The Blog of Richard Nightingale
It was 2006 when I first saw the Band of Heathens in concert. At Momo's, the iconic concert venue on West 6th and Rio Grande in Austin, TX. It was more of a bar with aspirations of becoming a concert venue at the time. Tables and chairs packed in around a central bar, with an elevated stage in one corner. I was surprised by how good the acoustics were, and they played three sets of songs from the album that they had recorded 'Live at Momo's' a few months earlier.
I'm no music critic, but their sound was refreshing and a mix of folk and country lyrics underpinned by guitar riffs. They have tweaked their lineup over the years and released several other albums, but this first album clearly stands out.
Gordy Quist, Colin Brooks, and Ed Jurdi were all playing separate sets at Momo's on a Wednesday night and decided to combine their talents as the 'Band Of Heathens'. As Ed Jurdi said at the time, " This is a pretty high stakes industry, but by focusing on writing good songs and giving good performances, everything will take care of itself.
Nearly fifteen years later, and with a loyal audience, after each live performance, they make that particular set of songs available on a USB drive, and you can also go to live.bandofheathens.com, where audio recording s are available either by subscription or a la carte download.
They have appeared on the PBS show, 'Austin City Limits,' and remain true to the definition of 'Indie' by building the band's business from the ground up and keeping everything in-house, from their own record label to merchandise. Also, check out their 2013 album, 'Sunday Morning Record,' which was described by the Bakersfield Californian Review as " A love letter to the past and, at the same time, a postcard to the future."
I've seen the band four times now, Momo's, at the University of Texas, Gruene Hall (New Braunfels), and believe it or not, in London, England.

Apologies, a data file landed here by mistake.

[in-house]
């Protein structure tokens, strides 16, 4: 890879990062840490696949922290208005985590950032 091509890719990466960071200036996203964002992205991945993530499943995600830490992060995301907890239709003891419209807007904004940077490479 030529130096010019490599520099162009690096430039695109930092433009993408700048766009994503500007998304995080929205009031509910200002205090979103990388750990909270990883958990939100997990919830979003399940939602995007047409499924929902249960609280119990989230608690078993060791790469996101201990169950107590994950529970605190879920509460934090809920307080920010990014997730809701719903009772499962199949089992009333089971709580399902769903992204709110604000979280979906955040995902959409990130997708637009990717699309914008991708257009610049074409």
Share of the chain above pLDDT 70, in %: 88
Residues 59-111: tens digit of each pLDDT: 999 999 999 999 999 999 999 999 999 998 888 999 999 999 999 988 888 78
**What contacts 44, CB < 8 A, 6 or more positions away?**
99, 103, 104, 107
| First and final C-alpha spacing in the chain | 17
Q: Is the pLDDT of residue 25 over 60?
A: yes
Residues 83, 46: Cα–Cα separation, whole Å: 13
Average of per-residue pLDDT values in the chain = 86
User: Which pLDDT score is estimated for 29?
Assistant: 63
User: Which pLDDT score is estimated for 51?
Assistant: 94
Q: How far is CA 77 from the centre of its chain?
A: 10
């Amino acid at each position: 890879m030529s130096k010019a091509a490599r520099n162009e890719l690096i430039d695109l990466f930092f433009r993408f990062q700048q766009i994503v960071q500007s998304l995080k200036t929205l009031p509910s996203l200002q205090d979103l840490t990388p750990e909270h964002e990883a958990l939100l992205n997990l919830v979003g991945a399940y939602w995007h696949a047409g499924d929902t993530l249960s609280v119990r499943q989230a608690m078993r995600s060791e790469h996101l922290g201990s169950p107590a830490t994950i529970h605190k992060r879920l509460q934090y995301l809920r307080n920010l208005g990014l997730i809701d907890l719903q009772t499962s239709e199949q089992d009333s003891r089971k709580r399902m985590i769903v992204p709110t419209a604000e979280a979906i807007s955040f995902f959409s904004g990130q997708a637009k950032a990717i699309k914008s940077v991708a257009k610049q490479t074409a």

If I were asked to pick my favorite song, it would be from that first album, and the song is 'Judas Scariot Blues.'
They were the original wedding singers, living like gypsies during the 1970s, seeking fame and traveling around the south of France, playing weddings, festivals, and the streets. Born in France but heavily influenced and brought up in Catalan-Spanish culture. Nicolas and Andres Reyes were the sons of flamenco artist Jose Reyes and teamed up with their cousins Jacques, Maurice, and Tonino Baliardo. Because of their lifestyle (gypsies) and the meaning of their last name in Reyes (kings), they dubbed themselves, The Gypsy Kings. Over the years, they have shared the sound of progressive pop-oriented flamenco to audiences worldwide. Some call their sound Spanish or Gypsy Rumba. I first saw them in 1998 at the Men's World Cup in France. Specifically, inside one of the great halls at Versailles. Nike was hosting a dinner for their retail partners, and shortly after dessert had been served, this bunch of casually dressed guys wandered on to the stage and started strumming guitars. Some were left-handed, some were right-handed. We knew there was music following the dinner, and I paid them no attention, thought they were session musicians going to do a few covers while everyone drank some more. Then someone turned to me and said in broken English, "You like? Like them? Like the Gypsy Kings?" "Who?" I responded. Then they started playing 'Bamboleo,' and the place erupted. Songs like 'Djobi, Djoba, Volare, Baila Me, Un Amor, and Bem Bem Maria followed. Incredible sound, such energy, and hearing so many guitars played so skillfully in harmony were mesmerizing - haunting vocals. Since then, I've seen the band four times, at more intimate venues, but just as impressive over the years, even as they have aged and shuffled their lineup. A unique and distinctive sound that triggers adrenaline and a constant smile. I never understood a word of what they sing; all I know is that I'm a much happier and inspired person after going to a Gypsy Kings concert.
This is where you get a 2 for 1. Go on Amazon Prime Video and watch 'River.' Throughout many of the episodes, the song, 'I Love to Love' by Tina Charles surfaces. John River is a London detective whose partner is killed, but he still sees her and has conversations with her (in public) all the time. Other characters also manifest themselves to River, such as the 19th Century mass murderer Thomas Cream. All these characters offer him advice on how to solve his partner's murder. Eventually, he does, and the final scene in the final episode is of River dancing in the street where his partner was shot, singing 'I Love to Love.' Like all classics of that era, it's less than three minutes in length and lifts the spirits ... a good one for a car ride or karaoke night.